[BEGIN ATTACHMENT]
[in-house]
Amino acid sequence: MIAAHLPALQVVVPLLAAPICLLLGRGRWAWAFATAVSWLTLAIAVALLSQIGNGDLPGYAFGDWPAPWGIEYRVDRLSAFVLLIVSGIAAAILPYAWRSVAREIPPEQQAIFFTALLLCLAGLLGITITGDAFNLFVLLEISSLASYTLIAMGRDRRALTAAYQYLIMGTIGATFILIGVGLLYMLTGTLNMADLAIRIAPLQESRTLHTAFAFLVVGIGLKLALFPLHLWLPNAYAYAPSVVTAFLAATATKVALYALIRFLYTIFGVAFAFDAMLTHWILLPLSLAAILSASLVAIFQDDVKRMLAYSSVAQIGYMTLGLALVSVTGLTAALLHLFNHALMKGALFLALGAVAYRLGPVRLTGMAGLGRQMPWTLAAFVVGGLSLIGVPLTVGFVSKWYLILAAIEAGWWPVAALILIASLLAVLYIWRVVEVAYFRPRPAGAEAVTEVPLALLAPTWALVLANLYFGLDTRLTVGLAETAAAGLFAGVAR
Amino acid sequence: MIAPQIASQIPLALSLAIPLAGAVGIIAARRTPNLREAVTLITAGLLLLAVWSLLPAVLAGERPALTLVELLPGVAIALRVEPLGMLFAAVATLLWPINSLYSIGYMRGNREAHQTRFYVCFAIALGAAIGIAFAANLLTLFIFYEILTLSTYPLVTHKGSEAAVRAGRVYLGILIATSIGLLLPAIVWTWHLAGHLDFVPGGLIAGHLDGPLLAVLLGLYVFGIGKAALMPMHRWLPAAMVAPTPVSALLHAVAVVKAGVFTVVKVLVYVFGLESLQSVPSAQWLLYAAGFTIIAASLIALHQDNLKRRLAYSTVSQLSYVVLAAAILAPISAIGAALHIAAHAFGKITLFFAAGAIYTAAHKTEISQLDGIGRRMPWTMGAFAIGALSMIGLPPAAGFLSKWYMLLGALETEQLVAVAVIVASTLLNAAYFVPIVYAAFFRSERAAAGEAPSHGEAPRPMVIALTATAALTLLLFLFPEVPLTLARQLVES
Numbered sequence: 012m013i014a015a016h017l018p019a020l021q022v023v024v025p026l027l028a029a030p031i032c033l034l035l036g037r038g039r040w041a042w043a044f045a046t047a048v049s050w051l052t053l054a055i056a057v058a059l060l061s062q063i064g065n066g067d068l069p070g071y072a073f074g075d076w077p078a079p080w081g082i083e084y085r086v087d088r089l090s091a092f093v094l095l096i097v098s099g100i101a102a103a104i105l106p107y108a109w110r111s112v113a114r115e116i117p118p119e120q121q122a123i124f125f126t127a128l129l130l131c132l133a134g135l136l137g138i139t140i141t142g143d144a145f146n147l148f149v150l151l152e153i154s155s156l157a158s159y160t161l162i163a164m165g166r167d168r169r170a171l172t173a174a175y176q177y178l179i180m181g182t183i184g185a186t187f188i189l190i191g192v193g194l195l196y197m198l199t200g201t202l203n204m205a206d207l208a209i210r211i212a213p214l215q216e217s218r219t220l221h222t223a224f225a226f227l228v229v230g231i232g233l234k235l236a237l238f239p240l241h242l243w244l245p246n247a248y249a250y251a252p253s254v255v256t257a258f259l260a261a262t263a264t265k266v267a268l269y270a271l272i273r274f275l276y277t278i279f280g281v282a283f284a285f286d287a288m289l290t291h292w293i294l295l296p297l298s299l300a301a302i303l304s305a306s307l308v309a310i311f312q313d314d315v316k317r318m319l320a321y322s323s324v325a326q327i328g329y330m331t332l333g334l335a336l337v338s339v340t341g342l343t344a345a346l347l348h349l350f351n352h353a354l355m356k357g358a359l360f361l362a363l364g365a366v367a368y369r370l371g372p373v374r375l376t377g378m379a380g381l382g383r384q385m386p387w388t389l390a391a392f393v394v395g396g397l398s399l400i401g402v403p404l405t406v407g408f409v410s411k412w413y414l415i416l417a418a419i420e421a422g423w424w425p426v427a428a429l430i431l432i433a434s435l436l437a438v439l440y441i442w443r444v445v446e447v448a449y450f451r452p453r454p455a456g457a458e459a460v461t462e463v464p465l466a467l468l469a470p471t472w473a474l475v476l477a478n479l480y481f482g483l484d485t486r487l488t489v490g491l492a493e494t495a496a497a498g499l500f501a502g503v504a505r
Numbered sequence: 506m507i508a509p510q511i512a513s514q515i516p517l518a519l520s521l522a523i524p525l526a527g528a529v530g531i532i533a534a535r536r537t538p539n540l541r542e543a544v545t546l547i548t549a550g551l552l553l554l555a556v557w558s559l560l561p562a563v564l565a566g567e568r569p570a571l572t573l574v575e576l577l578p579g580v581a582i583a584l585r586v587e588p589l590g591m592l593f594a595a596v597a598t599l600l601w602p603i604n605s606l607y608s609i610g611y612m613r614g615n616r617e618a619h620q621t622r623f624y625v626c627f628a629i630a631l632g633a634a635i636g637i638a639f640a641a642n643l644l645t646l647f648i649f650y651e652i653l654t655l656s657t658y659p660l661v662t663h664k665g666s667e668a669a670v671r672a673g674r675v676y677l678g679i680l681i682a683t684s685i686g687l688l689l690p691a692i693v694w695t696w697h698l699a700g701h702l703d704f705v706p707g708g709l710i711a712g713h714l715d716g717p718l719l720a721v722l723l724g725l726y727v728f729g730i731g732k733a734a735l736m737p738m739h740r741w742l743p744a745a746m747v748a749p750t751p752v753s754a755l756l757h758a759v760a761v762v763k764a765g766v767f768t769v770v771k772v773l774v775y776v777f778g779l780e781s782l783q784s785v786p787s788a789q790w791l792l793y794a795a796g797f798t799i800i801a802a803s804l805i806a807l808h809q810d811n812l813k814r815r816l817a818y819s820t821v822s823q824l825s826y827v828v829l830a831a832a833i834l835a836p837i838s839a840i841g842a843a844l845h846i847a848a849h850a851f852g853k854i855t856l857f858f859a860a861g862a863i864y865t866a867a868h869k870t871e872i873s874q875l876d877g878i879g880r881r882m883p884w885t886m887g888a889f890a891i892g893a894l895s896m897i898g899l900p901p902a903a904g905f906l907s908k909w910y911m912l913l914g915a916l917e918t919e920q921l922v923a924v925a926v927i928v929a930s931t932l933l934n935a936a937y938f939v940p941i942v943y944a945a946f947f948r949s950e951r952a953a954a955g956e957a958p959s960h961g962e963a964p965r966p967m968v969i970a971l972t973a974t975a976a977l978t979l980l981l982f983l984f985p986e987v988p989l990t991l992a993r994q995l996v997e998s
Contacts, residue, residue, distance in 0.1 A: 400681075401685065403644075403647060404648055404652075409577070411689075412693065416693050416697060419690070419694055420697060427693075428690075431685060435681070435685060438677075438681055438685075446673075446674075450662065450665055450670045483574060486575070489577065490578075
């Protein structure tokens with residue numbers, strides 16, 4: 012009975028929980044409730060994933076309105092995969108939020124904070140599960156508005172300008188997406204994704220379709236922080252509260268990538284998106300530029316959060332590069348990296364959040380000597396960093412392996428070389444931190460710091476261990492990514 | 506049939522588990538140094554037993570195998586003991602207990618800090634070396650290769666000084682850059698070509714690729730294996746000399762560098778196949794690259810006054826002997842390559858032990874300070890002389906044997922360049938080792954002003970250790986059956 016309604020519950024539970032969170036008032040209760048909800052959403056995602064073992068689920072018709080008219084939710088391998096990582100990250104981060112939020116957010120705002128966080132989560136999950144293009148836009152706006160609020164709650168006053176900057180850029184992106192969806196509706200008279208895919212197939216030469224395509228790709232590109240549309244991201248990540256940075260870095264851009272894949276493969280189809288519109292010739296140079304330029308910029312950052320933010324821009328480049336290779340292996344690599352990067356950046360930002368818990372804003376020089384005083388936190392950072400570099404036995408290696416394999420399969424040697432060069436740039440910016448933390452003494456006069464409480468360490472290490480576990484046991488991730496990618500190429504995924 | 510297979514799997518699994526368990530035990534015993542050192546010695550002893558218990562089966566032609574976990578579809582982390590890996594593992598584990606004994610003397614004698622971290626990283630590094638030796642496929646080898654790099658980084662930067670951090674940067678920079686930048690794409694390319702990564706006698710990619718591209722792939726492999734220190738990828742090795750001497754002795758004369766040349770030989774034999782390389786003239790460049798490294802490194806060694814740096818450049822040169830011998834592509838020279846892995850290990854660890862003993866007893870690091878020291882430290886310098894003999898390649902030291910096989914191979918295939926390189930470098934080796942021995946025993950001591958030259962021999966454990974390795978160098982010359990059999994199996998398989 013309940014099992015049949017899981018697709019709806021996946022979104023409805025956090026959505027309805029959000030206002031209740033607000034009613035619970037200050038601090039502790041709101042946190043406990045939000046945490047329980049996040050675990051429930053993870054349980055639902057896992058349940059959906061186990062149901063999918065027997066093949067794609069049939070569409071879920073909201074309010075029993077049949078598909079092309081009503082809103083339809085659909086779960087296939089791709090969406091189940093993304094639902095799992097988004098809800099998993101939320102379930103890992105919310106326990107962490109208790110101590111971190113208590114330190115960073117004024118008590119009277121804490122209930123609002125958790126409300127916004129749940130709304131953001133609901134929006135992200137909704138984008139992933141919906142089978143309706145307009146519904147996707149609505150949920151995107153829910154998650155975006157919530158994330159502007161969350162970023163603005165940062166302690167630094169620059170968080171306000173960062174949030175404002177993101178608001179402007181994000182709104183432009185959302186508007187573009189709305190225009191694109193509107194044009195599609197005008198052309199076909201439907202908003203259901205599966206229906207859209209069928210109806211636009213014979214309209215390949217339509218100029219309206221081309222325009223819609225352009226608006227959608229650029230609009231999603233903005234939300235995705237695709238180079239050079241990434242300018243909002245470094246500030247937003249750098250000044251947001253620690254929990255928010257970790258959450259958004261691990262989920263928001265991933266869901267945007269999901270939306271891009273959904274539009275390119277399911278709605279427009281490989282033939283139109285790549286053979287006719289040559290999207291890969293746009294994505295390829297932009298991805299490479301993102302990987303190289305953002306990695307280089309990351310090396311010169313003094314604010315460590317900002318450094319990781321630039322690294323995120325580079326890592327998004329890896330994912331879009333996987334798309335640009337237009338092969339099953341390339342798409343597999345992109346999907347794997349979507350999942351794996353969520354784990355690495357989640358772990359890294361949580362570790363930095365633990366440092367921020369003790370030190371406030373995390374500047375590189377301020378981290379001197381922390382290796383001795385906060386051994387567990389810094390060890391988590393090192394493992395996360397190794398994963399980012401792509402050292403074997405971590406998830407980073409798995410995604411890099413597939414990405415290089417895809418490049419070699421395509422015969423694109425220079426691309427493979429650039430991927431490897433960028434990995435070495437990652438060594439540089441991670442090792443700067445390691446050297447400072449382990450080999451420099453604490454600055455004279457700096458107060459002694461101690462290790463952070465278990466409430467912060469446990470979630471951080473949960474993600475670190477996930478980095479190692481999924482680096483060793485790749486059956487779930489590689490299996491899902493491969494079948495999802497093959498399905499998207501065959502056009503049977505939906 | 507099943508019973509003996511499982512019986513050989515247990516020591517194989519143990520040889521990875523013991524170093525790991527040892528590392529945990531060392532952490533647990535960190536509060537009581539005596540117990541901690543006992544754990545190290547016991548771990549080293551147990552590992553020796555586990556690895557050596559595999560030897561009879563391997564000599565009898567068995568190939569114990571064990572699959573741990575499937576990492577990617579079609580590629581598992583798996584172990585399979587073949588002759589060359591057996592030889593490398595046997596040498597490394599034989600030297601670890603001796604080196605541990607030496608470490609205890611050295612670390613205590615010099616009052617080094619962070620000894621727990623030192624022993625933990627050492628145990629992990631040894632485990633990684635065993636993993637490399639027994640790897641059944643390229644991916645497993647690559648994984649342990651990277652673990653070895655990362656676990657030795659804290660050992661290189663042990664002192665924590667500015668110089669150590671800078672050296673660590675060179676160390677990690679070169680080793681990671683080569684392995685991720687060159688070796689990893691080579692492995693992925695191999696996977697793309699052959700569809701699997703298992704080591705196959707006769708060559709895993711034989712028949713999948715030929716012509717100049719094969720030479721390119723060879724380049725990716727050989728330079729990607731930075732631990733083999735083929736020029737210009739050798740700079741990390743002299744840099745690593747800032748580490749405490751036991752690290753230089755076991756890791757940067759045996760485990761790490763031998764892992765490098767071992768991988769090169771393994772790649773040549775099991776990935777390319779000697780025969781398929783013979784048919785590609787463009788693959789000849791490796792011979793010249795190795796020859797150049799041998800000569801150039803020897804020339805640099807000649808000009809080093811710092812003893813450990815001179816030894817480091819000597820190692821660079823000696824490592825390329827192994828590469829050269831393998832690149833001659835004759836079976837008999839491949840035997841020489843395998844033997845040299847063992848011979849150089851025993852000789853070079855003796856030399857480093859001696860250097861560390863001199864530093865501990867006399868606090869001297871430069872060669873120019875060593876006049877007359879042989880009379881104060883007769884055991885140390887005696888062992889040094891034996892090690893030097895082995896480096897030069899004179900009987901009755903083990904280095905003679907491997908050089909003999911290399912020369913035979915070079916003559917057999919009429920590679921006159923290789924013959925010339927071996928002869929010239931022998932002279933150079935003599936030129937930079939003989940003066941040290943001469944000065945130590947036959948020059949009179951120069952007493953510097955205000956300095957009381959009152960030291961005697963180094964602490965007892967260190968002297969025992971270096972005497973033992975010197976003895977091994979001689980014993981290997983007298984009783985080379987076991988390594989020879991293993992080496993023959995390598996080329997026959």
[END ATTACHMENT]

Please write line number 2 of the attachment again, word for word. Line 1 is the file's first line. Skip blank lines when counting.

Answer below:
Amino acid sequence: MIAAHLPALQVVVPLLAAPICLLLGRGRWAWAFATAVSWLTLAIAVALLSQIGNGDLPGYAFGDWPAPWGIEYRVDRLSAFVLLIVSGIAAAILPYAWRSVAREIPPEQQAIFFTALLLCLAGLLGITITGDAFNLFVLLEISSLASYTLIAMGRDRRALTAAYQYLIMGTIGATFILIGVGLLYMLTGTLNMADLAIRIAPLQESRTLHTAFAFLVVGIGLKLALFPLHLWLPNAYAYAPSVVTAFLAATATKVALYALIRFLYTIFGVAFAFDAMLTHWILLPLSLAAILSASLVAIFQDDVKRMLAYSSVAQIGYMTLGLALVSVTGLTAALLHLFNHALMKGALFLALGAVAYRLGPVRLTGMAGLGRQMPWTLAAFVVGGLSLIGVPLTVGFVSKWYLILAAIEAGWWPVAALILIASLLAVLYIWRVVEVAYFRPRPAGAEAVTEVPLALLAPTWALVLANLYFGLDTRLTVGLAETAAAGLFAGVAR